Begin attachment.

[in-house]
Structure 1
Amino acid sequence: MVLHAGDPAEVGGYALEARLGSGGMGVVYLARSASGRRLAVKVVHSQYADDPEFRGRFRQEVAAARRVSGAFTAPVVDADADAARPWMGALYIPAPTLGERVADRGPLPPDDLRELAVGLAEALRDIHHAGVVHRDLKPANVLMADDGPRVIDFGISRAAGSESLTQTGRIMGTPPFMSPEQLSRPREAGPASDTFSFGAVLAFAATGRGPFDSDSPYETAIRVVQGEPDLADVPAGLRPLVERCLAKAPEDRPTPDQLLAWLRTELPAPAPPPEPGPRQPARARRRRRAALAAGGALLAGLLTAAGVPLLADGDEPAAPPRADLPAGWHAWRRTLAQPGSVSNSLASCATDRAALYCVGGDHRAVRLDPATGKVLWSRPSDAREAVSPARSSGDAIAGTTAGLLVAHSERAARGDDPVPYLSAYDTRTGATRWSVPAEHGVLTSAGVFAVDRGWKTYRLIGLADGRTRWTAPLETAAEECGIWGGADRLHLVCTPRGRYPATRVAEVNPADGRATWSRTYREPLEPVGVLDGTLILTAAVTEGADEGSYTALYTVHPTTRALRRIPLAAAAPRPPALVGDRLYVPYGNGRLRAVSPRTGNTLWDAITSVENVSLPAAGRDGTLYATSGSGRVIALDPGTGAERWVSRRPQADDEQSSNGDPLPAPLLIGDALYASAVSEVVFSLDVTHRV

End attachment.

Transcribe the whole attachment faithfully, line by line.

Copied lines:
[in-house]
Structure 1
Amino acid sequence: MVLHAGDPAEVGGYALEARLGSGGMGVVYLARSASGRRLAVKVVHSQYADDPEFRGRFRQEVAAARRVSGAFTAPVVDADADAARPWMGALYIPAPTLGERVADRGPLPPDDLRELAVGLAEALRDIHHAGVVHRDLKPANVLMADDGPRVIDFGISRAAGSESLTQTGRIMGTPPFMSPEQLSRPREAGPASDTFSFGAVLAFAATGRGPFDSDSPYETAIRVVQGEPDLADVPAGLRPLVERCLAKAPEDRPTPDQLLAWLRTELPAPAPPPEPGPRQPARARRRRRAALAAGGALLAGLLTAAGVPLLADGDEPAAPPRADLPAGWHAWRRTLAQPGSVSNSLASCATDRAALYCVGGDHRAVRLDPATGKVLWSRPSDAREAVSPARSSGDAIAGTTAGLLVAHSERAARGDDPVPYLSAYDTRTGATRWSVPAEHGVLTSAGVFAVDRGWKTYRLIGLADGRTRWTAPLETAAEECGIWGGADRLHLVCTPRGRYPATRVAEVNPADGRATWSRTYREPLEPVGVLDGTLILTAAVTEGADEGSYTALYTVHPTTRALRRIPLAAAAPRPPALVGDRLYVPYGNGRLRAVSPRTGNTLWDAITSVENVSLPAAGRDGTLYATSGSGRVIALDPGTGAERWVSRRPQADDEQSSNGDPLPAPLLIGDALYASAVSEVVFSLDVTHRV